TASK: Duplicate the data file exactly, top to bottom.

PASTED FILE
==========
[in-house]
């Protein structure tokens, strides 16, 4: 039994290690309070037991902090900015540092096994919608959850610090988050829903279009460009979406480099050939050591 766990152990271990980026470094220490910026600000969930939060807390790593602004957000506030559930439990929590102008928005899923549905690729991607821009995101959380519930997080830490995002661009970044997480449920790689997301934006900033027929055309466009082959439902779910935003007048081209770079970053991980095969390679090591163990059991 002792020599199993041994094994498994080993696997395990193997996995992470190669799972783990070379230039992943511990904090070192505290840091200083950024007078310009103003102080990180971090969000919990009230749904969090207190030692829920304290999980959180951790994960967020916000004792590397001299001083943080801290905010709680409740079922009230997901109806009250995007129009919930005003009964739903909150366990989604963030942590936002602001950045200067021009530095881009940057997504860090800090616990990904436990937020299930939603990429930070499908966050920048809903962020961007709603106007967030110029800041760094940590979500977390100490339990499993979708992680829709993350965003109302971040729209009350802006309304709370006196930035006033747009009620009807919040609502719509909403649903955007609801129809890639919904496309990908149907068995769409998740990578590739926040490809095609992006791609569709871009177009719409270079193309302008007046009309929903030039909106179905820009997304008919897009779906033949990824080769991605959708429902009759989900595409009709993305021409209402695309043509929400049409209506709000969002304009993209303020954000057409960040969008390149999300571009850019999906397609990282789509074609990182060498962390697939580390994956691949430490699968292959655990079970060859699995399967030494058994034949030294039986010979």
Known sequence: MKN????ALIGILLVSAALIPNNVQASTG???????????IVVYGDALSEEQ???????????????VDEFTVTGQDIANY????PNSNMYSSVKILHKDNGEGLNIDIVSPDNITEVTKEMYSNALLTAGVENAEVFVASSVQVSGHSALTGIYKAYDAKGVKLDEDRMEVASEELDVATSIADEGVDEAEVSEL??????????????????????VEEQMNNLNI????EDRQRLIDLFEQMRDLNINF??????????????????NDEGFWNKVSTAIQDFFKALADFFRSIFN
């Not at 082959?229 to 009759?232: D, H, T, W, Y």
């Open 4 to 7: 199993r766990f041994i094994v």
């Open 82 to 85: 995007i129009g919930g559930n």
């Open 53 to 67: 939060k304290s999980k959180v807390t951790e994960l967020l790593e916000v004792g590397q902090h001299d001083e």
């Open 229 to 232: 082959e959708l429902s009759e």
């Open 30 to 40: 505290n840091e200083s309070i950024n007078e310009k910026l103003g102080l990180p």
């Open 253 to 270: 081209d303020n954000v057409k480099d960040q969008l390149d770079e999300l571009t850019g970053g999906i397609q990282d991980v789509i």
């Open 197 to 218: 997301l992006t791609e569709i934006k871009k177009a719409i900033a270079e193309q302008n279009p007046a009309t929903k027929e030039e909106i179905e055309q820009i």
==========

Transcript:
[in-house]
């Protein structure tokens, strides 16, 4: 039994290690309070037991902090900015540092096994919608959850610090988050829903279009460009979406480099050939050591 766990152990271990980026470094220490910026600000969930939060807390790593602004957000506030559930439990929590102008928005899923549905690729991607821009995101959380519930997080830490995002661009970044997480449920790689997301934006900033027929055309466009082959439902779910935003007048081209770079970053991980095969390679090591163990059991 002792020599199993041994094994498994080993696997395990193997996995992470190669799972783990070379230039992943511990904090070192505290840091200083950024007078310009103003102080990180971090969000919990009230749904969090207190030692829920304290999980959180951790994960967020916000004792590397001299001083943080801290905010709680409740079922009230997901109806009250995007129009919930005003009964739903909150366990989604963030942590936002602001950045200067021009530095881009940057997504860090800090616990990904436990937020299930939603990429930070499908966050920048809903962020961007709603106007967030110029800041760094940590979500977390100490339990499993979708992680829709993350965003109302971040729209009350802006309304709370006196930035006033747009009620009807919040609502719509909403649903955007609801129809890639919904496309990908149907068995769409998740990578590739926040490809095609992006791609569709871009177009719409270079193309302008007046009309929903030039909106179905820009997304008919897009779906033949990824080769991605959708429902009759989900595409009709993305021409209402695309043509929400049409209506709000969002304009993209303020954000057409960040969008390149999300571009850019999906397609990282789509074609990182060498962390697939580390994956691949430490699968292959655990079970060859699995399967030494058994034949030294039986010979």
Known sequence: MKN????ALIGILLVSAALIPNNVQASTG???????????IVVYGDALSEEQ???????????????VDEFTVTGQDIANY????PNSNMYSSVKILHKDNGEGLNIDIVSPDNITEVTKEMYSNALLTAGVENAEVFVASSVQVSGHSALTGIYKAYDAKGVKLDEDRMEVASEELDVATSIADEGVDEAEVSEL??????????????????????VEEQMNNLNI????EDRQRLIDLFEQMRDLNINF??????????????????NDEGFWNKVSTAIQDFFKALADFFRSIFN
């Not at 082959?229 to 009759?232: D, H, T, W, Y």
């Open 4 to 7: 199993r766990f041994i094994v």
């Open 82 to 85: 995007i129009g919930g559930n």
């Open 53 to 67: 939060k304290s999980k959180v807390t951790e994960l967020l790593e916000v004792g590397q902090h001299d001083e």
């Open 229 to 232: 082959e959708l429902s009759e």
């Open 30 to 40: 505290n840091e200083s309070i950024n007078e310009k910026l103003g102080l990180p």
């Open 253 to 270: 081209d303020n954000v057409k480099d960040q969008l390149d770079e999300l571009t850019g970053g999906i397609q990282d991980v789509i």
């Open 197 to 218: 997301l992006t791609e569709i934006k871009k177009a719409i900033a270079e193309q302008n279009p007046a009309t929903k027929e030039e909106i179905e055309q820009i």